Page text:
"The second innovation is something we call adaptive triggers, which have been incorporated into the trigger buttons (L2/R2). Developers can program the resistance of the triggers so that you feel the tactile sensation of drawing a bow and arrow or accelerating an off-road vehicle through rocky terrain. In combination with the haptics, this can produce a powerful experience that better simulates various actions. Game creators have started to receive early versions of the new controller, and we can’t wait to see where their imagination goes with these new features at their disposal."

Sony shared more details on the PS5 in an interview with Wired. The company reassured fans, for example, that the hard drive seen in current-gen consoles is out, and a faster, more efficient solid-state drive is in. More new details include:

Sony has not yet shared what the PS5 will look like, nor its precise release date or price point. Earlier this year the company did state it was working on a new PlayStation, but stopped short of confirming a release window or name, so this is the first time those details have been confirmed. We do know is that the PS5 will be better for the environment and that it will support backwards compatibility in some way. For more, check out everything we know about the PS5.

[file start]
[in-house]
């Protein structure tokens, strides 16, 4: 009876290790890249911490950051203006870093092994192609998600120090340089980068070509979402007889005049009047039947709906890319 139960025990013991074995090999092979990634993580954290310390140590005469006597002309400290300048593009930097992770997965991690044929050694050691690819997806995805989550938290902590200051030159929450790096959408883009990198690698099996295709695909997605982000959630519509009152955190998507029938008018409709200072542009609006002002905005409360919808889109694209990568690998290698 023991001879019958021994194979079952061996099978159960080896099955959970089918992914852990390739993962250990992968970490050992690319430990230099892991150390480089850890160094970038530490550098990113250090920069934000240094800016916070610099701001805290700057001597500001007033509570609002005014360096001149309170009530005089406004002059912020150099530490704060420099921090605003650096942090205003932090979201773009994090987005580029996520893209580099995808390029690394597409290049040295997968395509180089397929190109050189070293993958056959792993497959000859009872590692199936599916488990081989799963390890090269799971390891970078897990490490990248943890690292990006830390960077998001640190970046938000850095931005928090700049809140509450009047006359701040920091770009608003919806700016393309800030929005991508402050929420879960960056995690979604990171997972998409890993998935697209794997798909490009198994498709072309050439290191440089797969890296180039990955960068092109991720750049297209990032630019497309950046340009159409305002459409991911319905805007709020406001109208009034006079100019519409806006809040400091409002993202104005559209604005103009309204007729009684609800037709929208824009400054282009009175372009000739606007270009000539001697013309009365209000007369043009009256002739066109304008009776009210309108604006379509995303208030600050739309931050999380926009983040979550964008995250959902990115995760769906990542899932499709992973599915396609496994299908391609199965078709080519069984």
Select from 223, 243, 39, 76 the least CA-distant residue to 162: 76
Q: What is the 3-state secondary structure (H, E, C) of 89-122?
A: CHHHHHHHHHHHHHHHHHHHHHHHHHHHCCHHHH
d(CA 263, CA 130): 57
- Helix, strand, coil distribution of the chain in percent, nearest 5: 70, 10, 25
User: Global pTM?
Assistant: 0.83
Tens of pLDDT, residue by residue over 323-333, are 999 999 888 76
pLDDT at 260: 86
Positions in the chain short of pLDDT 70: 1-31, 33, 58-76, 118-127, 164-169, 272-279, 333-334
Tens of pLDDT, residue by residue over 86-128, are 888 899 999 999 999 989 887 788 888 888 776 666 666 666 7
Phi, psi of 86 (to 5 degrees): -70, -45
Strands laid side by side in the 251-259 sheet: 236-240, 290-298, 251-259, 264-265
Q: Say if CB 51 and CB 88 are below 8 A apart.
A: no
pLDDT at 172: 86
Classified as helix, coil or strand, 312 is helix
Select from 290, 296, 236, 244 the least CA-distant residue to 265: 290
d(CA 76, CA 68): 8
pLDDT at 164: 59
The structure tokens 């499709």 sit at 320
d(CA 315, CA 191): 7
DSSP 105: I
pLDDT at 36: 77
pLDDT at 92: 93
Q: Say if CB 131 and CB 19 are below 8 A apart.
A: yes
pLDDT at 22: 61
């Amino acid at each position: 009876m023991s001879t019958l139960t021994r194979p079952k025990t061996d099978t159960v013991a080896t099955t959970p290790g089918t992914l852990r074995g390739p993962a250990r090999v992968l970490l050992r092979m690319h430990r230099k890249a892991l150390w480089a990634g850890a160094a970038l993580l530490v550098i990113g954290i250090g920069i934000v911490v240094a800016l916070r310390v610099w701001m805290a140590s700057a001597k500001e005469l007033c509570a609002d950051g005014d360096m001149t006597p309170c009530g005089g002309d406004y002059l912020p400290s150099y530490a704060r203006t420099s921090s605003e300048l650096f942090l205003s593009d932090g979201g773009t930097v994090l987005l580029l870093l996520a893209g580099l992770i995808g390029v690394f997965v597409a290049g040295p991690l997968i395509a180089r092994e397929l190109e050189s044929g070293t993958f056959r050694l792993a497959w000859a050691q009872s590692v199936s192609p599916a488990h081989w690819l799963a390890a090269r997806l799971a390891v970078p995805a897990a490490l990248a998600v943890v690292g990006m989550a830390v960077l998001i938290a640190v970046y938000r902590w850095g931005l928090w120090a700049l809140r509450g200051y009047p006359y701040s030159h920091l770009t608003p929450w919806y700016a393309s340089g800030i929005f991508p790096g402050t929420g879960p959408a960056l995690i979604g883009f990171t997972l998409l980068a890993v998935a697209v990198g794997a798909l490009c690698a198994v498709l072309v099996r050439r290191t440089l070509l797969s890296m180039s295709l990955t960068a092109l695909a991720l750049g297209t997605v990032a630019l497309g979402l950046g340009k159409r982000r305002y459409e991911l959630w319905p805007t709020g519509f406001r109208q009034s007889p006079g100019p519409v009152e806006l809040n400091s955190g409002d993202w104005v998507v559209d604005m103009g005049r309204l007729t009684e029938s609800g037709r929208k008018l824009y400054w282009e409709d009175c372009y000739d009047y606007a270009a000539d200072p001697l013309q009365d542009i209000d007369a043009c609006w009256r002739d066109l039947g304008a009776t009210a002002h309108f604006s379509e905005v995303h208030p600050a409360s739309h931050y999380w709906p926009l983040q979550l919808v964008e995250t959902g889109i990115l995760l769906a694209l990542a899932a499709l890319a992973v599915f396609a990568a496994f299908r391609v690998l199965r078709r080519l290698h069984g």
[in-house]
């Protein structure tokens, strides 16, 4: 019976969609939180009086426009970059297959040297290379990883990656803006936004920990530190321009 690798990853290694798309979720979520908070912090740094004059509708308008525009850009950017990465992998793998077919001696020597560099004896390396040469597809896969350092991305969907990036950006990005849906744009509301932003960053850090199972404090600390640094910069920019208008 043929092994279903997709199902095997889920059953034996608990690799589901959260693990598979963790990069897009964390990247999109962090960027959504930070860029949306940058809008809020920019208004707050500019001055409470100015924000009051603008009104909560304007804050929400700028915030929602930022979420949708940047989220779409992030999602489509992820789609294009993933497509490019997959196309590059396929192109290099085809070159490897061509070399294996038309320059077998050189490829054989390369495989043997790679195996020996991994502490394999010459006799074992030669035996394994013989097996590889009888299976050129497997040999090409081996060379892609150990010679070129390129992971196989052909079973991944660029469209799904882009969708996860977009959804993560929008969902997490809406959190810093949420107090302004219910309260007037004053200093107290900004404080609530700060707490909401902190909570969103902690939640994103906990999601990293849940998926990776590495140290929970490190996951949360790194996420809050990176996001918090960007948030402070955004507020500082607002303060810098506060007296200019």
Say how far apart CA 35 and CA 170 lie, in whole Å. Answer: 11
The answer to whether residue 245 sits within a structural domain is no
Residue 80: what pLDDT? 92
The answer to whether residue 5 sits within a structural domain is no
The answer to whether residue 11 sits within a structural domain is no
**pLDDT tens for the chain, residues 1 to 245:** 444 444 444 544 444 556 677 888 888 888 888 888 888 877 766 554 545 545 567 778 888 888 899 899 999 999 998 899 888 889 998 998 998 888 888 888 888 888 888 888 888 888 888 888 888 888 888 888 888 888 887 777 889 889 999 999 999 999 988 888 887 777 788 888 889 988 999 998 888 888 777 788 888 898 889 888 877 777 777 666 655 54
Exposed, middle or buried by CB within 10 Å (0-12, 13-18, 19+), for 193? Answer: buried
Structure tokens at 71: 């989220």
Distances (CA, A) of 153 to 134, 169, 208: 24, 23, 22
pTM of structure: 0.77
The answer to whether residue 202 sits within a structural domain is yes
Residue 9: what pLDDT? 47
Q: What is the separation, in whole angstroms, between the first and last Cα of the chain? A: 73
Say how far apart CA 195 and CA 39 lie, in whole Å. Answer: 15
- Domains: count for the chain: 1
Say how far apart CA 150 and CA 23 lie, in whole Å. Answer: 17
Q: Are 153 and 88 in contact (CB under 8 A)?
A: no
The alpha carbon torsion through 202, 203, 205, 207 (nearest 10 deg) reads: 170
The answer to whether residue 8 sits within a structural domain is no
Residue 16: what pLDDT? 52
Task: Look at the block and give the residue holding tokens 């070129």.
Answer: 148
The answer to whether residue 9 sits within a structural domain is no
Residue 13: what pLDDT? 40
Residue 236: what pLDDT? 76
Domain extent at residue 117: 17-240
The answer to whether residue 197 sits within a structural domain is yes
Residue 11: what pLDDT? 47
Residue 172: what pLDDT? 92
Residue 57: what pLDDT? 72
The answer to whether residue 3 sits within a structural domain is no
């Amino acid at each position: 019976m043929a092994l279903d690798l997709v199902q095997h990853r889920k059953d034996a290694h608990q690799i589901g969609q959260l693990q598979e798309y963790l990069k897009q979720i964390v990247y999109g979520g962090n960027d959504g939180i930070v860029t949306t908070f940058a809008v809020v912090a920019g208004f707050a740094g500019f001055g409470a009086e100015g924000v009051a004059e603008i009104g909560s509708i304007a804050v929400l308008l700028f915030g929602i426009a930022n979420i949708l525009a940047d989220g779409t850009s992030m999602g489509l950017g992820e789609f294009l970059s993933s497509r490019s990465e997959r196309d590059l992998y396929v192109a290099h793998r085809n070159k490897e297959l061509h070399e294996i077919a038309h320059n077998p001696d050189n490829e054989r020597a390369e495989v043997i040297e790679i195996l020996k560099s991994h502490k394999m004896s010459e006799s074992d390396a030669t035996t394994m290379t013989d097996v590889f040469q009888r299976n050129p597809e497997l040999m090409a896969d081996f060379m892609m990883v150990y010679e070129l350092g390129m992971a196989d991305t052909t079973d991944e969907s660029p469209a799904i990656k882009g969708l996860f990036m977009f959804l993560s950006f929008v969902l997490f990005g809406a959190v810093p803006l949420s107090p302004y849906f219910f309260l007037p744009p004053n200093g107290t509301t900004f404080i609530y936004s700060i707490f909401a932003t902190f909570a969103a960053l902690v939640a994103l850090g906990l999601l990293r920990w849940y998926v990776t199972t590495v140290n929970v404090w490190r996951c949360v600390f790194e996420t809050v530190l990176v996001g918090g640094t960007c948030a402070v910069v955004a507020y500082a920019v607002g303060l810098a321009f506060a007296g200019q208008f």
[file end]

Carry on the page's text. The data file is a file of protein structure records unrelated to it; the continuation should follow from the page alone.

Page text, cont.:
PS5: Release Date, Price, Specs, Games and More

The next console generation is just over a year away, and the PS5 rumors are starting to heat up. Sony has already confirmed that its next-generation console is in development, and even let a few official specs slip ahead of an eventual reveal. But there's still plenty we don't know, which is why we're compiling all of the PS5 rumors we're hearing right here.